We’ve immersed a generation in distraction, smothered them in comfort, celebrated every mundane indicator that they are human, insulated them from adversity, blunted any form of authentic feedback, and created the expectation that the world will do the same. We’ve removed all pains, sanitized all risk, and entrenched them in patterns that virtually ensure they live a passive, unhealthy, and superficial existence.

 

We can complain about the kids today, but it is us adults who create them and it is us who must be different if we want them to be. First, let's consider how this picture became our normal.

 

The 1950s: The Birth of Religious Consumption

There have been a few watermark transitions that brought about our current state. World War II turned us into the preeminent manufacturing giant. The war effort that employed all citizens behind a common purpose—that required all of us to ration gas and groceries, grow victory gardens, and either enlist or work on the production lines—this war left us the world’s capitalist superpower.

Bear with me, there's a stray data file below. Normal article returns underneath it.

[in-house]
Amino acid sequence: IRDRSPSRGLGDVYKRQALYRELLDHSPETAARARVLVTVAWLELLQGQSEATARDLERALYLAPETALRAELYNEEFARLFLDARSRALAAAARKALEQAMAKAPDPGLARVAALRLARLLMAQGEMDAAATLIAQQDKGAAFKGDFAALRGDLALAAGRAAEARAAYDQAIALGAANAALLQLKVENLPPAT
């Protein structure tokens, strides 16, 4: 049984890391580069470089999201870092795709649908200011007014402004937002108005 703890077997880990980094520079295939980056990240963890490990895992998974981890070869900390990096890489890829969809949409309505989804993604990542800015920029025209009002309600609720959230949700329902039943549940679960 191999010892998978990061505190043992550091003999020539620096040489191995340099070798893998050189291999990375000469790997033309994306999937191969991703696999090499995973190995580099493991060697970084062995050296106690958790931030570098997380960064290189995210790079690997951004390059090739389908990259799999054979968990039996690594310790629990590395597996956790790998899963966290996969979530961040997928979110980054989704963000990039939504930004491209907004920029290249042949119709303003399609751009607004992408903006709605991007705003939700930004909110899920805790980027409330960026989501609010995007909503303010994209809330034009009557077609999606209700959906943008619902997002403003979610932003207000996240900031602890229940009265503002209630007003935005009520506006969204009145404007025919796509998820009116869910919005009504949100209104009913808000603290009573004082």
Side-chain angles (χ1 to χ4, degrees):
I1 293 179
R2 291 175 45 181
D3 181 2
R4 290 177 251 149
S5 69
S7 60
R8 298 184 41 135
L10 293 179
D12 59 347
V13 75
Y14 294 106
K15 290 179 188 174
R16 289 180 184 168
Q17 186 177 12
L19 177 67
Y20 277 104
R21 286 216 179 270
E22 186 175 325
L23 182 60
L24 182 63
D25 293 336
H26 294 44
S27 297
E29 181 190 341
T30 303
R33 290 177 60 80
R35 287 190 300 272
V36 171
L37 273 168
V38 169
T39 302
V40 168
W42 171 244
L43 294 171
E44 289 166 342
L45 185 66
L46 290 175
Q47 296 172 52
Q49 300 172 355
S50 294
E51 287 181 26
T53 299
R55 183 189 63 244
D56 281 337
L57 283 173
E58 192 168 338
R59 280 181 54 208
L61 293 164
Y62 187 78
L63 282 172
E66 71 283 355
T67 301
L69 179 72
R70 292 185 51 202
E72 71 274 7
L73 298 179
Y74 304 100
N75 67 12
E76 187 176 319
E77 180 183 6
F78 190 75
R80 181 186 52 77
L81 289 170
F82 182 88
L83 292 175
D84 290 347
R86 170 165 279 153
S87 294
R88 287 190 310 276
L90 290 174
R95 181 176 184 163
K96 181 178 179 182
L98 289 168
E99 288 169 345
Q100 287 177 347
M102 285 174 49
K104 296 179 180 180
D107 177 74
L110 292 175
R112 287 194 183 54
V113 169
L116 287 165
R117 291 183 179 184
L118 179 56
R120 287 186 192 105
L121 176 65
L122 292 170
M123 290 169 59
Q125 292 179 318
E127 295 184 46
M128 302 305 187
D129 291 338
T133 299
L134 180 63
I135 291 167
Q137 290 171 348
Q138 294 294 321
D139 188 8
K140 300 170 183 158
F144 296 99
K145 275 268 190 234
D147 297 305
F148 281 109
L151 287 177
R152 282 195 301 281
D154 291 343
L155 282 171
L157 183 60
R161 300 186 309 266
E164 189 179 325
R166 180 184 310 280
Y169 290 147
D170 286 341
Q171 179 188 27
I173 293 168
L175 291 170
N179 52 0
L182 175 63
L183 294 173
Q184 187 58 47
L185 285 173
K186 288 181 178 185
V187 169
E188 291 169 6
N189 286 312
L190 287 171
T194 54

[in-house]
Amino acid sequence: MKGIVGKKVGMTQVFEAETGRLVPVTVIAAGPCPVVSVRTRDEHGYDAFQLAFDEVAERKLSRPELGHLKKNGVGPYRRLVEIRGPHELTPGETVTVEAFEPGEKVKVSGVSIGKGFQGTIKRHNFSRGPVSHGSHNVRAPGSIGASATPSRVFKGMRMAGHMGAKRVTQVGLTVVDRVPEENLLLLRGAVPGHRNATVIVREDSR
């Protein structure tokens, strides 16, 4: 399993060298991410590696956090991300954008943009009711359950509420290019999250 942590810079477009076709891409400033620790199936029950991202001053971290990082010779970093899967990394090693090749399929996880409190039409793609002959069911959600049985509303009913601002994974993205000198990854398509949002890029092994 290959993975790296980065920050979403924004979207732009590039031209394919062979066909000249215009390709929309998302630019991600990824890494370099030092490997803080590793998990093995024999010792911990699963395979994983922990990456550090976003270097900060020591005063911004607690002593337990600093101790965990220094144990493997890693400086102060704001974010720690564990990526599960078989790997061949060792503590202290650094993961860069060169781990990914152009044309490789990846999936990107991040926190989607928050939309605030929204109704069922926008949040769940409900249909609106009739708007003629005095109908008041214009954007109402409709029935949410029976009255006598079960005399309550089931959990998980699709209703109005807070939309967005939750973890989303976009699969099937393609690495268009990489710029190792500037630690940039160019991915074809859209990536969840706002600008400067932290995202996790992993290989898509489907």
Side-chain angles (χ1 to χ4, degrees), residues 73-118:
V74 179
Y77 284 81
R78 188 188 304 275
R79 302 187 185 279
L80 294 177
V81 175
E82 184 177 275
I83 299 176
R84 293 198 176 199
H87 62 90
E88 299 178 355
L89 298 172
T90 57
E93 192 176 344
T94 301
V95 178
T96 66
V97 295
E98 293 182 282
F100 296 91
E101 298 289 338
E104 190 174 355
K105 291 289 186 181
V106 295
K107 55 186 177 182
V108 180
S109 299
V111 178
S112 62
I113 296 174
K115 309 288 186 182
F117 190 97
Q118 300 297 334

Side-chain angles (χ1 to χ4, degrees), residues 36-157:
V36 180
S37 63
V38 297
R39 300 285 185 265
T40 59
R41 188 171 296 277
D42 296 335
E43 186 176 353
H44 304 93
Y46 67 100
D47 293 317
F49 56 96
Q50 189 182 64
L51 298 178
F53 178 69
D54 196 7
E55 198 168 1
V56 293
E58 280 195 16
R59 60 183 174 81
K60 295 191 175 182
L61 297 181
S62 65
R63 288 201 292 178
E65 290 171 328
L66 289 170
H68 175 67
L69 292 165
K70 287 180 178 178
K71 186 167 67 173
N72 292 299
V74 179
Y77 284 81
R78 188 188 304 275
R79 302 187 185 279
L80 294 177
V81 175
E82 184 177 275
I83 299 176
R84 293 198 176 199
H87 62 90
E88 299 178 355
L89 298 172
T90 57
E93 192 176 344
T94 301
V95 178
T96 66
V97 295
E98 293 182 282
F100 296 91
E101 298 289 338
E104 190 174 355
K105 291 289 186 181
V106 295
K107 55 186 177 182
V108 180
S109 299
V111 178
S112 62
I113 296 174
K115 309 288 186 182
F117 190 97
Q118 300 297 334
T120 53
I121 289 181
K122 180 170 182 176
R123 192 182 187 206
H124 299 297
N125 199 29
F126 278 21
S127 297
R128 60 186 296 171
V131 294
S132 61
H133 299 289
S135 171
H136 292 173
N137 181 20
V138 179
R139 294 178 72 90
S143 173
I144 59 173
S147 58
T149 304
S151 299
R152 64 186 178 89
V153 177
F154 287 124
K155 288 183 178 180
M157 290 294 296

We felt compelled to keep pace by changing modern material expectations and deifying consumption. This transformation is spelled out for us by Marketing Consultant Victor Lebow in the Spring 1955 Journal of Retailing:

 

Our enormously productive economy demands that we make consumption our way of life, that we convert the buying and use of goods into rituals, that we seek our spiritual satisfactions, our ego satisfactions, in consumption. The measure of social status, social acceptance, of prestige, is now to be found in our consumptive patterns. The very meaning and significance of our lives today expressed in consumptive terms. We need to have people eat, drink, dress, ride, live, with ever more complicated and, therefore, constantly more expensive consumption. We need things consumed, burned up, replaced, and discarded at an ever-accelerating rate.